The Genocide Of World War II

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The Decision to Commit Genocide in World War II

In January of 1942, Hitler and the Nazis instituted the “Final Solution,” which was an organized and meticulous plan to exterminate the Jews. This plan eventually led to the death of six million Jews and has become one of the most infamous crimes against humanity ever perpetrated. Since the time that the Final Solution has been carried out, historians have debated exactly when Adolph Hitler and the Nazis decided to commit genocide against the Jews. Some historians argue that Hitler had wanted to annihilate the Jews for decades and his plan finally could be implemented in 1942. However, other historians counter that he and the Nazis did not always plan to take such an extreme course of action, and instead tried other things before they settled on genocide, which was only seriously considered very close to the time that it took place. Evidence from the time, though, ultimately disproves the theory that the Nazis committed genocide as a last resort to solve their problems with Jews. Instead, after analyzing historical evidence, one comes to the conclusion that even though the Final Solution was only initiated in 1942, it had been conceived of and planned decades before.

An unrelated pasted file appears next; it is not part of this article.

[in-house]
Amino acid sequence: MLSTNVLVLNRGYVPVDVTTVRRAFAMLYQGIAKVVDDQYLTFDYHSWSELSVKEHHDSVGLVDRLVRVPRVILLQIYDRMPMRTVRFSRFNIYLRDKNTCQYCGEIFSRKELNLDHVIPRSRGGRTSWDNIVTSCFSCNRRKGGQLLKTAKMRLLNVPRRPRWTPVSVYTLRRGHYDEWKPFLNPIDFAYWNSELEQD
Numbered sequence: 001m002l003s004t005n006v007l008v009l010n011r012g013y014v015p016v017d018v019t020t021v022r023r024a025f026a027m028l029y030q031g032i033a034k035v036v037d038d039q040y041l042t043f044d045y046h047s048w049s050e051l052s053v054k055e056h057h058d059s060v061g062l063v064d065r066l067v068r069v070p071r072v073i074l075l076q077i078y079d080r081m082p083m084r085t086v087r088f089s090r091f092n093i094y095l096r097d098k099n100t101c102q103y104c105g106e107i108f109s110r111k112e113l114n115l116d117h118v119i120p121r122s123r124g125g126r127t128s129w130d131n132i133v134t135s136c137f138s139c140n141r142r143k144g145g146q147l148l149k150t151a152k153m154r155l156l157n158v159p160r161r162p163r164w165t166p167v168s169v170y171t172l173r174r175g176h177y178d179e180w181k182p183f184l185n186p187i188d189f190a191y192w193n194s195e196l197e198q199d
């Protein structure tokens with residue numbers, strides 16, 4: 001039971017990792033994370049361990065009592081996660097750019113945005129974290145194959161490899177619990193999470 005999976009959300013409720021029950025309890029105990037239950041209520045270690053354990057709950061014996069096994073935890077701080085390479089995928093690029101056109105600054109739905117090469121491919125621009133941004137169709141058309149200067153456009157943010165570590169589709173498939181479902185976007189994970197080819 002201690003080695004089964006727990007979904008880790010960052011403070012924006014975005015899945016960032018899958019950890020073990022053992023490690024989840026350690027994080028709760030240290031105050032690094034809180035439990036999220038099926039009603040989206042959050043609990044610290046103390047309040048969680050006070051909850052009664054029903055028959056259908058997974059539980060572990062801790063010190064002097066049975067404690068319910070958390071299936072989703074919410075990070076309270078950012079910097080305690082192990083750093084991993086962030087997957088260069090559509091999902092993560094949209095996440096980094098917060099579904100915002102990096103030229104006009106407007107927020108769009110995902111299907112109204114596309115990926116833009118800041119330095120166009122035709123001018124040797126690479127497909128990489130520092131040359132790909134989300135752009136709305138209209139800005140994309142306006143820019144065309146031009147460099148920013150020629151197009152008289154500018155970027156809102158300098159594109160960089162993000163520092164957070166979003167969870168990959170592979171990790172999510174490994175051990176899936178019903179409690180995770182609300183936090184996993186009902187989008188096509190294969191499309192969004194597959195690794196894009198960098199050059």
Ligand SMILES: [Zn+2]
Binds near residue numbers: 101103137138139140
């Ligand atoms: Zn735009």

The Final Solution may have been the ultimate and most extreme action that the Nazis took against the Jews, but it was far from the first time that the Jews had been harassed in Nazi Germany. From the time that the Nazi Party took control of Germany in 1933
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